while afterward, and higher RPM is thought by many to reduce fuel economy
in general.

The real problem comes at lower speeds, in that delicate transition from
about 40 - 55 MPH where a lot of Prius drivers observe paradoxically *lower*
MPG than at higher speeds.  Pushing hard or feather-footing, most drivers'
averages just seem to precipitously drop right out of that stratosphere
achievable at just a few MPH less by pulse-n-glide.  While engine torque
remains high even at very modest RPM above idle, which hypermilers would
think is an almost ideal situation, apparently the surrounding conditions
fail to take best advantage of that to strongly thump the car forward in the
equivalent of top gear.  With suitable instrumentation it's quite possible
to bring the engine safely into a high-torque, low-RPM state of operation
and then try to get the displayed instantaneous MPG as high as possible
without letting vacuum start to rise and signal load/torque falloff.  But in
such a state the car simply will not accelerate very much at all, and in many
cases simply slows down!  So clearly, the ability of the Prius to "grab that
low-end torque" just isn't there like it is with a manual transmission and
direct throttle control.  This is puzzling because 72% of that low-vacuum
engine torque is supposed to be going straight to the driveline -- so why
don't I feel it in my butt??

I played with this for many miles at various speed ranges over conveniently
table-flat terrain through lower Delaware, allowing me to achieve long runs
of steady-state conditions at an unchanging speed.  I honestly tried to "do
a Wayne" and keep the iFCD as high as I dared and still maintain speed.  About
the bare minimum that would keep the car going and still show reasonably high
instantaneous MPG was this -- select the thumbnail for the larger pic:

What's going on here is as follows:

	Vacuum is at its typically low-but-not-too-low level, indicating
	healthy engine torque output

	Engine RPM is at 1600, just barely above the point at which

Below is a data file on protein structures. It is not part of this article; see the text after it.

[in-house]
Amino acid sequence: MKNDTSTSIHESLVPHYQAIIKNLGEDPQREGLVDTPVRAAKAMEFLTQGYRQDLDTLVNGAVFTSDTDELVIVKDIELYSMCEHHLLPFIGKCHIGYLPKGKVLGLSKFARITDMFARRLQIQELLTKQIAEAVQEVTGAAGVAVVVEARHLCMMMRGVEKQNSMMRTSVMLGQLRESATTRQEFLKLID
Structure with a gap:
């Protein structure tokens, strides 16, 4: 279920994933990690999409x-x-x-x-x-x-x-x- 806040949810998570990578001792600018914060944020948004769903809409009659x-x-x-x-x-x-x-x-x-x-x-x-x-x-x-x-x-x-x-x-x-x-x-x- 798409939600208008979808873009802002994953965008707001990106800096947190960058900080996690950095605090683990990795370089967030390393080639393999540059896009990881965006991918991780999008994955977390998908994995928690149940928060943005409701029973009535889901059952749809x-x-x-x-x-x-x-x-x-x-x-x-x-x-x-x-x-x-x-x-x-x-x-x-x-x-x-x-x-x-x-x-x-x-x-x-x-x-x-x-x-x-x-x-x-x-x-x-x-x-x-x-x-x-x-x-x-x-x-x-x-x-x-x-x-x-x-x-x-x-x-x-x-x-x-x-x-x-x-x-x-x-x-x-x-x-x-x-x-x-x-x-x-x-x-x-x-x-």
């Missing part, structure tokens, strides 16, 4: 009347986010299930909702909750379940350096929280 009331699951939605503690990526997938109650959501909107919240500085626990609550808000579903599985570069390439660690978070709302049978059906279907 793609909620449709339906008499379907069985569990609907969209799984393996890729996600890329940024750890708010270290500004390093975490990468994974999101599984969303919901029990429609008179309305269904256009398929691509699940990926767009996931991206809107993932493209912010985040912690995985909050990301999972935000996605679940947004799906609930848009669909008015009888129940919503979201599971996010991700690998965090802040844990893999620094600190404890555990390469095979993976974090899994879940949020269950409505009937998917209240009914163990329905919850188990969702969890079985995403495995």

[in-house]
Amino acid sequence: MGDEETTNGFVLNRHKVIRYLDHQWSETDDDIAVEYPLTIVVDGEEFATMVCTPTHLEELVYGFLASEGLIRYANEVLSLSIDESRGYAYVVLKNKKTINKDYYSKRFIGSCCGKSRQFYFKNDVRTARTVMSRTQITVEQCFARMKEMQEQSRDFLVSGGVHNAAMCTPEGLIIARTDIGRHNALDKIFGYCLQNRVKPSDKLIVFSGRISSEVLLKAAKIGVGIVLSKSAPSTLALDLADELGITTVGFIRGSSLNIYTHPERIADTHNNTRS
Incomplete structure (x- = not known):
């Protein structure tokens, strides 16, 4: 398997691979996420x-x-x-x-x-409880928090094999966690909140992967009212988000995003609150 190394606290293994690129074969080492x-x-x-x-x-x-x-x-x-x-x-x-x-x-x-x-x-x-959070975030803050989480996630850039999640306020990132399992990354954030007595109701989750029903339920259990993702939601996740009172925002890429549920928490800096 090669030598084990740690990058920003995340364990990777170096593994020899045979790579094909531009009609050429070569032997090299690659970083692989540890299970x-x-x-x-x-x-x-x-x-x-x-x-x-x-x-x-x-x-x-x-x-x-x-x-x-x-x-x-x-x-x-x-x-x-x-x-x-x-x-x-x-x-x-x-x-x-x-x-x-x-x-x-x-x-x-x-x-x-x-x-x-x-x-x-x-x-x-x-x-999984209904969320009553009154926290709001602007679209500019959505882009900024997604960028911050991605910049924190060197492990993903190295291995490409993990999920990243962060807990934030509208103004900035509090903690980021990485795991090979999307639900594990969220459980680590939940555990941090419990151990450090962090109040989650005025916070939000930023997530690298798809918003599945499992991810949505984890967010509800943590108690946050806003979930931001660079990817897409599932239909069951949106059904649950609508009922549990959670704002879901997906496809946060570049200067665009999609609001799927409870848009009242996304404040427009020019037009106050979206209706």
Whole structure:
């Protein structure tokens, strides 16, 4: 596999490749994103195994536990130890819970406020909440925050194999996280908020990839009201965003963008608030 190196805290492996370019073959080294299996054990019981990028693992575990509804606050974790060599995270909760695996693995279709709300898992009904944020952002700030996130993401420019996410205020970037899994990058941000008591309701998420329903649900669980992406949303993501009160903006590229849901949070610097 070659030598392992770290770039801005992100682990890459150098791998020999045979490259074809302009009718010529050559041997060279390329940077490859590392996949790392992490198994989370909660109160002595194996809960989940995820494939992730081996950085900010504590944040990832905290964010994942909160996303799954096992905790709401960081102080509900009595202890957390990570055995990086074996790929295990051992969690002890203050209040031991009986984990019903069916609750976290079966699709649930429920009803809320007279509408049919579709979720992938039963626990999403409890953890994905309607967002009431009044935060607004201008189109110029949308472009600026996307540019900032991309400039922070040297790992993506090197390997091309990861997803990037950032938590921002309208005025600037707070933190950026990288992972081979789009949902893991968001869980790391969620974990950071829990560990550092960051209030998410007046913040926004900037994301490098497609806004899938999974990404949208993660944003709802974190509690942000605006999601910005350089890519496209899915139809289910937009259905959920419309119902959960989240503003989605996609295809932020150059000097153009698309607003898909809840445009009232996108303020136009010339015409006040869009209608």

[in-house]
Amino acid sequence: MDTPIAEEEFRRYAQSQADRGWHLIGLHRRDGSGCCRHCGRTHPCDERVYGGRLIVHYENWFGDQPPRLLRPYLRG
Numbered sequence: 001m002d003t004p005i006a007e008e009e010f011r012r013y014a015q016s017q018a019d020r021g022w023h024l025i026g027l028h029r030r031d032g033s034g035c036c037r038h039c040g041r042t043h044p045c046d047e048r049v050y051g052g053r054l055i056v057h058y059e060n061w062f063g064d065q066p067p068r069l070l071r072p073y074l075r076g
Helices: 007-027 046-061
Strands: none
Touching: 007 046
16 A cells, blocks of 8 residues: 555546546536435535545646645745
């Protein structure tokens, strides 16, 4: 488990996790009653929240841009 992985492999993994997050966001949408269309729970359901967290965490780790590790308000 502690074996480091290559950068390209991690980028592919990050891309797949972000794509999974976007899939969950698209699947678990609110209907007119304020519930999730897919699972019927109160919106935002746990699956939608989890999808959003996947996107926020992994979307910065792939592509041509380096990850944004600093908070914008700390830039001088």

vacuum would start to rise indicating torque falloff

	Battery current is zero, so it doesn't enter the equation

	Injector time is just into the 5.5 - 6 ms range, as indicated
	by a low but nonzero reading on the "sweet spot" meter

	I've got a little hand-scribbled forbidden-zone chart like
	the above taped up where I can see it

	I'm doing about 60 MPH most of the time

	I'm holding slightly north of 50 MPG instantaneous

	The terrain is *dead*-flat for miles and miles and miles

This situation will barely self-sustain with no input changes.

If I let speed fall off to around 55 MPH and keep trying to stay down in
that loaded low-RPM scenario, you'd think fuel economy would go UP because
I'm slowing down, right?  Wrong!  If I try to keep the iFCD just above 50 MPG,
the car gradually slows, taking that MPG down with it.  Engine RPM follows
this down too, but with torque still remaining substantial -- except that at
1200 RPM, even high-torque running isn't producing as much overall *power*
so it may be sliding down the engine efficiency curve that that point
regardless.  So I have to push more and dip fairly substantially below 50
MPG instantaneous for a while to get back up to speed.  It is interesting
that my sustain point is above 1500 engine RPM, even though it *looks* like
torque is high through a broader region.  Note that Toyota's chart doesn't
even *bother* showing torque at less than 1200 RPM.  Perhaps if engine
efficiency has fallen off, vacuum is no longer a good indicator.

So there's some kind of weird parameter hump that starts to level off